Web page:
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[CQ-Contest] TS-850 contest mods (long)

Subject: [CQ-Contest] TS-850 contest mods (long)
From: k6ll@juno.com (David O Hachadorian)
Date: Tue Jun 3 23:22:00 1997
There was a huge number of requests for the TS-850 mods, so
I'll just post them here.


BY: N7EX (ex-N0DH), Dave Henderson

One of the minor draw backs to the TS-850 as a CW contest machine is the
inability to use the internal keyer in conjunction with an external
keying circuit such as a personal computer or auxiliary memory keyer. As
designed you must manually throw a switch from internal to external
keying to switch between one or the other. To make matters even more
inconvenient this switch is on the back of the unit and is not readily
accessible during normal operation. 

Simply said this modification involves running a new keying line from
the junction of S1 and D51 on the IF Board. For convenience this
additional keying line can be wired to the DSP1 and/or DSP2 RCA  phono
jacks if you do not use the external DSP unit.

The modification to the unit to resolve this problem takes less than 30
minutes to accomplish and can be done without "permanently" modifying
the unit which would detract from its future resale value. If you don't
use the external DSP unit then the two RCA phono jacks marked DSP1 and
DSP2 can be used as additional keying input jacks as will be outlined
below. If you use the external DSP unit then the modification can still
be accomplished by running the external keying line out on a "pigtail".
I highly recommend the purchase of a service manual which will greatly
improve your  ability to indentify the circuit points involved in the
modification.  Considering that the radio costs $1500 what's another $30
to keep from messing it up! By the way compared to the two TS-930's that
I nursed through the 80's, this radio is a breeze to trouble shoot and
repair which I have had to do twice through no fault of Kenwood  (long
stupid story ~8>).

>From here you proceed at your own risk, if you fry the radio DON'T CALL
ME. A precision low wattage solder pencil for doing surface mount
soldering is recommended, If all you have is a 150 watt Weller solder
gun then read no farther your better off taking the unit to an expert
rather than "melt" the circuit traces.

I assume no risk for the accuracy or completeness of the enclosed
information. All yee who enter here embrace all hope for you may likely
have a better contest radio when you are done.

1) Turn the unit upside down with the back of the TS-850 toward you.

2) Remove the bottom cover.

3) In this position the IF board is on your left.

4) Remove all the screws holding the IF board to the chassis.(put them
in a jar or something for safe keeping).

5) Unplug enough of the cabling to allow you to tilt the board up so
that you can access the bottom side of the board underneath S1 the
"External/Internal" keying switch.

6) On the bottom side of the board directly underneath S1 you will see 6
solder pads arranged in two rows of three pads each.

7) The middle pad on S1 nearest the back of the radio should be GROUND,
solder the braid of an approximately 9 inch piece of small audio style
shielded cable to this point, being careful to dress the coax so as not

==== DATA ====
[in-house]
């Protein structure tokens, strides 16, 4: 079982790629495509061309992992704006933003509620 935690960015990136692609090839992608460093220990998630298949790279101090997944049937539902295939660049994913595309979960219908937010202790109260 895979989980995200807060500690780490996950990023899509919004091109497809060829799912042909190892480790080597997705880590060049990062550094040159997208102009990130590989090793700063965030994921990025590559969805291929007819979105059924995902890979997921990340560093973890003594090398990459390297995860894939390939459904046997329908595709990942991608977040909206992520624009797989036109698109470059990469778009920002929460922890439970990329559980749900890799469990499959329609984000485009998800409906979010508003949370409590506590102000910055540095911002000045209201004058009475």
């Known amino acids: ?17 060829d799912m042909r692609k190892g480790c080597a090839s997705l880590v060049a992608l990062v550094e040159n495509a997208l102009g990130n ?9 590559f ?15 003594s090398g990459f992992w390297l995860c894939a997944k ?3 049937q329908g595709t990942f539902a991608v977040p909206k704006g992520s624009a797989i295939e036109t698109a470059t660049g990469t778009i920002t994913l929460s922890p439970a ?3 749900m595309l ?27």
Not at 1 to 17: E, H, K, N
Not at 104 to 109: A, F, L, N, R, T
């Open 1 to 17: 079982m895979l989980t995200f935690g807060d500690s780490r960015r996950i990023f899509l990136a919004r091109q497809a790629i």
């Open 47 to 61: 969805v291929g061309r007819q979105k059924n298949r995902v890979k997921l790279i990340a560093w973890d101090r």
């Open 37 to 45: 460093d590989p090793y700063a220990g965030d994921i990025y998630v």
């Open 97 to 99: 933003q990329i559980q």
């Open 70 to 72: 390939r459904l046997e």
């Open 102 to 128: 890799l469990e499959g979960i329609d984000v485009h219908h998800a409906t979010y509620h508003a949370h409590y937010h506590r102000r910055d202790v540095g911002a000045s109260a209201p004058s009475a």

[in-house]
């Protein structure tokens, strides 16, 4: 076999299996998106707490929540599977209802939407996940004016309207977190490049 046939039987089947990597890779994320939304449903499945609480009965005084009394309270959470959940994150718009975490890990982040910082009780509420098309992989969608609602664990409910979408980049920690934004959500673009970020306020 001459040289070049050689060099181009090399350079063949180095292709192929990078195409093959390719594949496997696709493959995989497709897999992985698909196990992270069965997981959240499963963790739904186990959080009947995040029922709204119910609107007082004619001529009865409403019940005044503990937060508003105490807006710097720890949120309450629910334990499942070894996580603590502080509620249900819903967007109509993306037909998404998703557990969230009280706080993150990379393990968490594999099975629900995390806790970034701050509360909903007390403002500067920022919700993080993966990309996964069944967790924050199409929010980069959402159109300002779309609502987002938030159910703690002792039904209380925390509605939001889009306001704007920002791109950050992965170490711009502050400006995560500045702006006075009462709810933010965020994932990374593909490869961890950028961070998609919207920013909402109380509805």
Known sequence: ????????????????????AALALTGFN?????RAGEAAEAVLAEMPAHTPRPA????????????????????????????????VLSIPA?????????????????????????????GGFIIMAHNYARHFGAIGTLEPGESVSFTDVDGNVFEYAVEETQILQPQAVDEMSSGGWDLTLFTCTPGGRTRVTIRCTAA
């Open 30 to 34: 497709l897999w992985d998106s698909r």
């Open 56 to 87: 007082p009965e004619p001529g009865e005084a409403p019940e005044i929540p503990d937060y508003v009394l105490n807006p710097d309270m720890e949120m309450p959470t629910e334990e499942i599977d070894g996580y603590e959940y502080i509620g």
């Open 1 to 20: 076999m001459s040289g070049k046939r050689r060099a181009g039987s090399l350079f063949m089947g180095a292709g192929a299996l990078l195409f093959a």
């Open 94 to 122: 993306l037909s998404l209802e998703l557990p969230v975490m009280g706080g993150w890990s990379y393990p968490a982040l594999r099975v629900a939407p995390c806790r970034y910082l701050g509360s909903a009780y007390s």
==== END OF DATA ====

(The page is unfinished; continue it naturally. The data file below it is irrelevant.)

to short  to  other circuitry.

8) The middle pad on S1 in the next row up of three pads is the keying
line. Solder the center of the shielded cable to this point.

9) Route the other end of the shielded audio cable   through the chassis
in the vicinity of the DSP jacks above.

10) Carefully inspect all solder joints for shorts, etc. Replug the wire
harnesses unplugged in step 5 above and reassemble the board to housing.
Reassemble the bottom cover.

11) Turn the unit over and remove the top cover. 

12) Find the DSP input board with the three RCA phono jacks on it at the
rear of the unit. The two DSP jacks are on the right when facing the
rear of the unit. There are two connectors on this board (a 2pin and a
4pin). Unplug the 4 pin connector. Obtain another 4 pin connector and
connect as follows (or directly solder to the underside of the board as
follows) If you only need one additional CW jack then ground is pin 2
(closer to center of the radio)connect the braid of your new key line to
this pin. The input from the middle RCA phono plug is pin 1 connect the
ceneter conductor to this pin. Like wise if you want two additional CW
jacks then do as above plus add a short between pins 1 and 3. If you
want a small RF choke or some ferrite beads on the center conductor of
the audio cable may prevent keying problems in high RF field

14)Close the unit up and switch S1 to INTERNAL keying. You should now be
able to key the unit via the internal keyer (Via the standard key input
jack) or with an external keyer or computer via the old DSP jacks,
without having to switch S1!

TS-850 front panel cw sidetone level adjustment mod by
N6TR. Refer to NCJ, Vol 22, Issue 2, Page 23.

TS-850 Separate Receive Antenna Modification #1.
This modification was developed by Brian WA3WJD

Make a short loop of white telfon cable with a male and female BNC

Loop it out of the back of the rig so just enough of the coax sticks
out so the BNCs can be joined with a barrel connector.

Locate the little header connector on the filter board in the TS-850 that
on the receiver side of the TS850 antenna relay.  Pull that connector

Spend a little time tracking down male and female header connectors
that match what Kenwood uses.  Install those on the ends of the white
teflon coaxes sticking in the back of the radio.

For normal use, just connect the BNCs with a barrel connector and the rig
is normal.  For Beverage use, connect an extra antenna switch common and
ant #1 to the BNC connectors, and put ur Beverages on the other